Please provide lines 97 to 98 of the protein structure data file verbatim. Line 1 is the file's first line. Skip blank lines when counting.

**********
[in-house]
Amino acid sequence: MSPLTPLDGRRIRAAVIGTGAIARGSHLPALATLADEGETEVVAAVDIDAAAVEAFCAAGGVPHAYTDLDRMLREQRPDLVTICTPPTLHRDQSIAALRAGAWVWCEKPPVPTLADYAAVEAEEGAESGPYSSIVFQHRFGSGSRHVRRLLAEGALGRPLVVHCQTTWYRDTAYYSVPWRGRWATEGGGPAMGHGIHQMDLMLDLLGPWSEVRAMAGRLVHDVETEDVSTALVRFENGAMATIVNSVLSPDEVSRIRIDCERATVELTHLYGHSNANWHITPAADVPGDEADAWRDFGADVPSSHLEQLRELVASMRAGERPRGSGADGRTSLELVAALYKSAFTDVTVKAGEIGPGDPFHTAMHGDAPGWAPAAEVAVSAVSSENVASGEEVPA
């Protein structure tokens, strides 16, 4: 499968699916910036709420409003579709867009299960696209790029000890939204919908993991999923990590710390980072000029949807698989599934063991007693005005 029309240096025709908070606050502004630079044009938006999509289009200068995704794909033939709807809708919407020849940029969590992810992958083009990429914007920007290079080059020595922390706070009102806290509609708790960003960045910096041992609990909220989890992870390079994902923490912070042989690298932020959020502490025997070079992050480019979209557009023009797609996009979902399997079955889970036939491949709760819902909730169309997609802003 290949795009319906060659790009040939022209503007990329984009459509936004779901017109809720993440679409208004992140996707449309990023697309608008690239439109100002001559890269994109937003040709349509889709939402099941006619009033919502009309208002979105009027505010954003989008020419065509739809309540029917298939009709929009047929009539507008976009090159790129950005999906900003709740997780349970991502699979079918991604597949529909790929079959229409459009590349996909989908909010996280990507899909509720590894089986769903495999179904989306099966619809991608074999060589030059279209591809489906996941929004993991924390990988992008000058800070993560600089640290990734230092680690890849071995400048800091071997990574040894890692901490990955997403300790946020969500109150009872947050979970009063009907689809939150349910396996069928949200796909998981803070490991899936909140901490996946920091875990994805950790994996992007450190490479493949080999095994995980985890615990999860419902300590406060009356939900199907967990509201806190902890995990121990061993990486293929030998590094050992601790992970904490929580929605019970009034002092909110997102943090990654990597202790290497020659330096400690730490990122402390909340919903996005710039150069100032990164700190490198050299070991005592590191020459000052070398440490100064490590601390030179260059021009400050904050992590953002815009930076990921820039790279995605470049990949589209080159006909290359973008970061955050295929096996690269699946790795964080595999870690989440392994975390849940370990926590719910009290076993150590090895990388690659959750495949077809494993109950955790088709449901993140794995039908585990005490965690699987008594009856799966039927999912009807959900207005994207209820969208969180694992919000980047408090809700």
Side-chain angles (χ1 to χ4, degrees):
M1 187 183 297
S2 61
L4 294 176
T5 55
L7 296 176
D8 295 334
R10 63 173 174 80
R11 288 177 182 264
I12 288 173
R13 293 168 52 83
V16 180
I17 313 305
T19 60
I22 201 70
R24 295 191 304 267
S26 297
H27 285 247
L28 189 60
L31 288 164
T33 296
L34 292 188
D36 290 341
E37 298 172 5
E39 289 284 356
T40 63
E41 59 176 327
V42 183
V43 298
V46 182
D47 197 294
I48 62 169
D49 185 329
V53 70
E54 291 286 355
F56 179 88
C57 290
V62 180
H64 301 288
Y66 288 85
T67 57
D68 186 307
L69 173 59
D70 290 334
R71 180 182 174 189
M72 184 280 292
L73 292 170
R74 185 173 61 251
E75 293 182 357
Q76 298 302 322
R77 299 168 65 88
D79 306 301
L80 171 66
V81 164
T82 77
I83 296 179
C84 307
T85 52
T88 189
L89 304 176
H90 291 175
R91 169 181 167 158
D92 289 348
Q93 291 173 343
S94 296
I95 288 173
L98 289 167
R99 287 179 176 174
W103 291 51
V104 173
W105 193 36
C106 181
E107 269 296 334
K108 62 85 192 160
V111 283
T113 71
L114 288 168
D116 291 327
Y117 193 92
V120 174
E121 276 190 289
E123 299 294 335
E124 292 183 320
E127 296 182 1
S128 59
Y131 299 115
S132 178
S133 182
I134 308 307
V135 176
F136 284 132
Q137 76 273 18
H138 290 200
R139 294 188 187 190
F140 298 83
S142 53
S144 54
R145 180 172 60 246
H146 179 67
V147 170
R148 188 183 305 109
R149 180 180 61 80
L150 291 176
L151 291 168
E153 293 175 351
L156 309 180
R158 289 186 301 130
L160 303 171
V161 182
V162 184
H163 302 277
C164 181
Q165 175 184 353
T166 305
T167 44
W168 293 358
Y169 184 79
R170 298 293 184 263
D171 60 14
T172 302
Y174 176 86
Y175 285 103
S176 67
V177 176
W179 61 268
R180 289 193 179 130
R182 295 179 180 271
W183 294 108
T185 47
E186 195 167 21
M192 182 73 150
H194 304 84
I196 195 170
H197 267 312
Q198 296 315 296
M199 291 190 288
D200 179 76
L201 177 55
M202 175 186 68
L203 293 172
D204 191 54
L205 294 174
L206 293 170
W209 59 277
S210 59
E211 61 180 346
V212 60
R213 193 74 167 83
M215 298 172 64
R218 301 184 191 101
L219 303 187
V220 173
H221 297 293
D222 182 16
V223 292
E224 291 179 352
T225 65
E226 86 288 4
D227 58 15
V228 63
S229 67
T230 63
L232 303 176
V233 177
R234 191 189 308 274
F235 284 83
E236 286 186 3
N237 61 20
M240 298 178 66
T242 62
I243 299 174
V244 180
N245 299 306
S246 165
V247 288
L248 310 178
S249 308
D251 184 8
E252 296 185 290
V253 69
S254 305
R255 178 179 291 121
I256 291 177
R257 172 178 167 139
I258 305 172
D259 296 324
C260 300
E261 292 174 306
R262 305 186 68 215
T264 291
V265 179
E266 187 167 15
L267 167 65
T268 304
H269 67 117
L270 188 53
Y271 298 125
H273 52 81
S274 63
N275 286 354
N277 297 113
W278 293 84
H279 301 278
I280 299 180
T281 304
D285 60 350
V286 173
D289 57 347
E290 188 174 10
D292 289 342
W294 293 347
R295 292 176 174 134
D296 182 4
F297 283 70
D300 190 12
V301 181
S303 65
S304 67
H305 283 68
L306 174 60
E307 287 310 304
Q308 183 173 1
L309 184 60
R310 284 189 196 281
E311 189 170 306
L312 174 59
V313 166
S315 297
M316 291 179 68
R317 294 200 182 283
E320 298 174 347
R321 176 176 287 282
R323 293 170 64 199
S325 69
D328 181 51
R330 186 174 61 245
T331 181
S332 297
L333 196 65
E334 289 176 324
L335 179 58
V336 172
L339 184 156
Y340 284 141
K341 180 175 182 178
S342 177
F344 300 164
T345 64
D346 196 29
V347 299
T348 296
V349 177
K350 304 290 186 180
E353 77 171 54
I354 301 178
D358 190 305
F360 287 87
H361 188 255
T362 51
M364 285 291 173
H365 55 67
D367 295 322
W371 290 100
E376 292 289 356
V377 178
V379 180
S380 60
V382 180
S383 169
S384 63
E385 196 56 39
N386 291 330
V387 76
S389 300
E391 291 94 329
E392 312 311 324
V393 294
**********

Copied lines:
R139 294 188 187 190
F140 298 83